Physical education teacher candidates demonstrate dispositions essential to becoming effective professionals.
Physical Education Curriculum Analysis Tool (PECAT)
Introduction of PECAT
Having a strong physical education curriculum can provide students with the knowledge and understanding of maintaining a healthy lifestyle and the benefits of living a physically active lifestyle. The Physical Education Curriculum Analysis Tool also known as a PECAT is used for schools to assess their current physical education curriculum. Its main purpose is to analyze the school district’s current curriculum which should be based off of current state and national standards and find just how closely the written curriculum is to incorporating these standards into their lessons. There are an overwhelming amount of benefits when using the PECAT analysis. These benefits include; exposing the strengths and weaknesses of the current curriculum, showing which areas are most vulnerable and need more improvement, and ways to improve the curriculum through the results you attain from the analysis. The PECAT was developed by the Centers for Disease Control and Prevention (CDC) in partnership with physical education experts representing state education agencies, school districts, schools, colleges/universities, and national organizations in the United States. (National center for 2007)
The school district analyzed using the Physical Education Curriculum Analysis Tool was Commack School District. The town of Commack is located in Suffolk County on Long Island with a population of around thirty-six thousand. The racial makeup of Commack was 80.4% White, 10.6% African American, 3.8% Asian, 6.3% from other races, and 2.1% from two or more races. Hispanic or Latino of any race were 6.9% of the population.( Commack CDP, New York, U.S. Census Bureau : 2005-2007 American Community Survey 3-Year Estimates : Data Profile Highlights.) Commack Union Free School District is a public school district and is based throughout Dix Hills and Commack. It serves residents of Commack, Dix Hills, Smithtown and East Northport. It provides for approximately 7,800 students. There are four primary schools (grades K-2), two intermediate schools (grades 3-5) one middle school (grades 6-8) and one high school (grades 9-12). (Commack school district 2011) The curriculum analyzed was the middle school program, grades 6-8. Within the middle school the students have 10 periods in a day, each with a different teacher. The classes are 40 minutes in length, and all students must participate in three years of physical education. Commack Middle School was also noted as a blue ribbon school of excellence, the highest honor any school in America can achieve, as well as being noted as An International Baccalaureate World School.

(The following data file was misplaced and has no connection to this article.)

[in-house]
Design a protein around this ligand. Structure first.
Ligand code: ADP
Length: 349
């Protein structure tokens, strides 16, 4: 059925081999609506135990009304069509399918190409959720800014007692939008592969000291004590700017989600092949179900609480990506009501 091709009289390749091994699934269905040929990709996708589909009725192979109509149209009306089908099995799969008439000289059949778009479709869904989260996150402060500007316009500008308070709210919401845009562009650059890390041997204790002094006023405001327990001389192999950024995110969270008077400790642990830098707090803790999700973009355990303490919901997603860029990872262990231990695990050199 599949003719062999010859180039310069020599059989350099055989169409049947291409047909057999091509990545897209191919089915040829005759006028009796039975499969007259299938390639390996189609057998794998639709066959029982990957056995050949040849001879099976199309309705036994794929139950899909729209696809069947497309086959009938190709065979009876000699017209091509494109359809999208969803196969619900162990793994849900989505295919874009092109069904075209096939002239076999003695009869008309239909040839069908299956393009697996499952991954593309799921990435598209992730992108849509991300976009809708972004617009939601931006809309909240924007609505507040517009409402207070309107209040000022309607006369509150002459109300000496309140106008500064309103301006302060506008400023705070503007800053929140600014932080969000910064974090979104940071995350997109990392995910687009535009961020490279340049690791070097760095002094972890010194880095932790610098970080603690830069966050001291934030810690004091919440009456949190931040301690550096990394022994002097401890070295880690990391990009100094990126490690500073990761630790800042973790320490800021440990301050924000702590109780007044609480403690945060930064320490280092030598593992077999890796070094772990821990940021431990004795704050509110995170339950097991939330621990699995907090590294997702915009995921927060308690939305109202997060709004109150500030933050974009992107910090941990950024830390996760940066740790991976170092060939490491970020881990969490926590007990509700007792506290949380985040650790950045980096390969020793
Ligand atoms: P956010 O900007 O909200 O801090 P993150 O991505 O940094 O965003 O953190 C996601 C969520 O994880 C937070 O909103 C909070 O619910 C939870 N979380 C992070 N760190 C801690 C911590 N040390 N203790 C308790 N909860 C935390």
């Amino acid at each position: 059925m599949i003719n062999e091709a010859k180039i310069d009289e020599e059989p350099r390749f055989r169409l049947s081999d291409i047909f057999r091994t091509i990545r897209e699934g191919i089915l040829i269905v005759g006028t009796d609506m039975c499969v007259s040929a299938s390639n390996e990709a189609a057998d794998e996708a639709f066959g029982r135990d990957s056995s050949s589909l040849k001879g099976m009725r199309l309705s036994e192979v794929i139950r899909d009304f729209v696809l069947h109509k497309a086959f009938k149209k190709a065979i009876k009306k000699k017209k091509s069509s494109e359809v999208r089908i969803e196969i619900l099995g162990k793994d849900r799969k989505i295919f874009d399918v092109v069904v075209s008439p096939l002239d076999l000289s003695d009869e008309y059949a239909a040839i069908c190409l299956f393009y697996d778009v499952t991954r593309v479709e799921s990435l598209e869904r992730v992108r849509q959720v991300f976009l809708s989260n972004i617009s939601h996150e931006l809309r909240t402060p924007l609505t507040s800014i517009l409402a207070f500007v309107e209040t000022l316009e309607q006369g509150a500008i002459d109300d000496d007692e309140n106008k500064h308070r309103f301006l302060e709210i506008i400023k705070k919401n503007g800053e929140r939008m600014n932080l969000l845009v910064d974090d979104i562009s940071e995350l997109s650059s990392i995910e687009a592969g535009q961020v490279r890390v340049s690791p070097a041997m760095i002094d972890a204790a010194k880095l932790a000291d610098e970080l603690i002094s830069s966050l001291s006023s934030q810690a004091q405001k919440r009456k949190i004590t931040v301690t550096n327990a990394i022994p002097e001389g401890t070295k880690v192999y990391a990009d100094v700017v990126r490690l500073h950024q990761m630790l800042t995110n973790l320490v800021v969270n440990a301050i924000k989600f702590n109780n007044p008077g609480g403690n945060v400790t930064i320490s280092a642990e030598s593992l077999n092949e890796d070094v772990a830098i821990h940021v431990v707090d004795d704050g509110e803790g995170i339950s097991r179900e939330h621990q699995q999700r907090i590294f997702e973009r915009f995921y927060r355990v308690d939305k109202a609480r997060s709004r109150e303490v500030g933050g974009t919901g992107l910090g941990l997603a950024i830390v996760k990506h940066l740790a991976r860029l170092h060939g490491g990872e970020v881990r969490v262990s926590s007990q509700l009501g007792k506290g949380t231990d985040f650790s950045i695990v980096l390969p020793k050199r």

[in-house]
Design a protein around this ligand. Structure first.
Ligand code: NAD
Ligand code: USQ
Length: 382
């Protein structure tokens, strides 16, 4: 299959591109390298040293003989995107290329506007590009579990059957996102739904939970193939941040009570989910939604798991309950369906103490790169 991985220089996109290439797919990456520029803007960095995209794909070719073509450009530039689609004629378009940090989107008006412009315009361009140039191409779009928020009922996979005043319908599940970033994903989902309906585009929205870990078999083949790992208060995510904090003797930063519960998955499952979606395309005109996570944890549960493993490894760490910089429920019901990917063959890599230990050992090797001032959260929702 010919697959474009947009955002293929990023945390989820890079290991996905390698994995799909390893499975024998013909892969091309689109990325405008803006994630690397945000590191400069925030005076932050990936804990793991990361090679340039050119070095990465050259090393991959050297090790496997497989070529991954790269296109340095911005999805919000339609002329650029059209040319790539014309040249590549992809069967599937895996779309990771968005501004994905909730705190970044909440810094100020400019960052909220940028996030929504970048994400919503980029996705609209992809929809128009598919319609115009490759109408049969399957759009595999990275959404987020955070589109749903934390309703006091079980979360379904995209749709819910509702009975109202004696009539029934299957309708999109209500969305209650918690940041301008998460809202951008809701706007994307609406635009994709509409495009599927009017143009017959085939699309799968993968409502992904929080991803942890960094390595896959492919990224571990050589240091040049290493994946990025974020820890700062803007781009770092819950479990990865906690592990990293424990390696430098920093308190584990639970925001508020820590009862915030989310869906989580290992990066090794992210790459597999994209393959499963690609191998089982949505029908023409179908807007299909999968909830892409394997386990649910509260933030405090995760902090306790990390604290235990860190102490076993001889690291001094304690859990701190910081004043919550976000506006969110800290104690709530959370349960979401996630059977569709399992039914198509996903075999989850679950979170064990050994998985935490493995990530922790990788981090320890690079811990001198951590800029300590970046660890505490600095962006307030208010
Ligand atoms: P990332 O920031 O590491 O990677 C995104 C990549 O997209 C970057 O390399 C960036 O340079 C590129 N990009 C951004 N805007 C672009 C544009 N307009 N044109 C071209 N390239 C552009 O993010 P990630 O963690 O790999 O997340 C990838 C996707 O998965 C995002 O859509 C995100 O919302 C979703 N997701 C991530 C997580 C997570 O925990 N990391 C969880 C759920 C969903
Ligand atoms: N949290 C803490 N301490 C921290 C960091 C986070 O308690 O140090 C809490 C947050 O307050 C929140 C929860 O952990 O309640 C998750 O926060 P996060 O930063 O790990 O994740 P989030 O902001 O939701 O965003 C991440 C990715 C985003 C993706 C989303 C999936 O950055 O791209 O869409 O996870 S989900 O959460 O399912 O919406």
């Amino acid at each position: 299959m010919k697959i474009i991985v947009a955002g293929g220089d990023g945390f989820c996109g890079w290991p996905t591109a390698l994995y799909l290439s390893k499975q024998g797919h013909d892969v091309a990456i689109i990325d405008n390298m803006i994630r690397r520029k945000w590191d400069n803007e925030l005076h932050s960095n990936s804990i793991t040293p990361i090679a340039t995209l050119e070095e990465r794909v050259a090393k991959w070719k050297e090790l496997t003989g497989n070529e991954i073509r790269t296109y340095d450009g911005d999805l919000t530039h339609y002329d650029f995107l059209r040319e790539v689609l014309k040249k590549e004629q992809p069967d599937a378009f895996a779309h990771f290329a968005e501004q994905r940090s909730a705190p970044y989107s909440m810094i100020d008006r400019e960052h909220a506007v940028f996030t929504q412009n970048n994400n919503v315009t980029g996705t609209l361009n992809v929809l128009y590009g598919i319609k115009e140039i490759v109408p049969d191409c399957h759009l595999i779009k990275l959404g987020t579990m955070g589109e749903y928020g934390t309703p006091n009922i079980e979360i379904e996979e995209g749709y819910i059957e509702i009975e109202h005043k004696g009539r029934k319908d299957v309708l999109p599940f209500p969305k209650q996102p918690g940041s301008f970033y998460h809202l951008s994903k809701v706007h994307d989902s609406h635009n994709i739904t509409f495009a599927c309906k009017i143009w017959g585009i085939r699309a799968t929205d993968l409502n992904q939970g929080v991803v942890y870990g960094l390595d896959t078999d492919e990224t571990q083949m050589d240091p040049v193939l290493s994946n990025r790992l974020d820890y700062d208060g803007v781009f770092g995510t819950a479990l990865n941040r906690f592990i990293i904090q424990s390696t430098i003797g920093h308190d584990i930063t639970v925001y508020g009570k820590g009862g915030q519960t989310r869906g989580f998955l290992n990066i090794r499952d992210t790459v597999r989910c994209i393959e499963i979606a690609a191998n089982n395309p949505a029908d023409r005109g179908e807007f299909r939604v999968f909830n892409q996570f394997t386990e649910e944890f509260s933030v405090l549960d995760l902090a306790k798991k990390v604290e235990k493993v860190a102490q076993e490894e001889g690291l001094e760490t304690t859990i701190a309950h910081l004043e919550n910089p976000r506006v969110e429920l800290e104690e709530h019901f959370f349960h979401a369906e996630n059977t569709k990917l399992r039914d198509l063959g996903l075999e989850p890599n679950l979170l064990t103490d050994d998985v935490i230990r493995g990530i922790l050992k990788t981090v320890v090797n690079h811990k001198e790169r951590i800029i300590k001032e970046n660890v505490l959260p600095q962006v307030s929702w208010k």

The physical education curriculum of Commack Middle School is to be based on the National Association of Sport and Physical Education (NASPE) standards. These standards provide a framework for a quality physical education student. The PECAT also goes into detail on how each part of the curriculum is based on each standard and the goals each grade has for the students by the end of the year. The NASPE standards include; Standard 1: Students demonstrate competency in motor skills and movement patterns needed to perform a variety of physical activities. Standard 2: Students demonstrate understanding of movement concepts, principles, strategies, and tactics as they apply to the learning and performance of physical activities. Standard 3: Students participate regularly in physical activity. Standard 4: Students achieve and maintains a health-enhancing level of physical fitness. Standard 5: Students exhibit responsible personal and social behavior that respects self and others in physical activity settings. Standard 6: Students value physical activity for health, enjoyment, challenge, self-expression, and/or social interaction. (Moving into the, 2011) Each standard has the purpose of creating a student capable of being physically educated and embracing their knowledge of physical activity in everyday life.
GRADES 6-8 EXPECTATIONS
Standard 1: Students demonstrate competency in motor skills and movement patterns needed to perform a variety of physical activities.
By the end of grade 8, students should:
· Participate with skill a variety of modified sport, dance, gymnastics and outdoor activities.
· Perform basic skills of specialized sports with mature form including; gymnastics, and dance.
· Use skills successfully during modified game play in combination with basic skills.
· Demonstrate the use of tactical concepts during game play
Standard 2: The learner demonstrates understanding of movement concepts, principles, strategies, and tactics as they apply to the learning and performance of physical activities.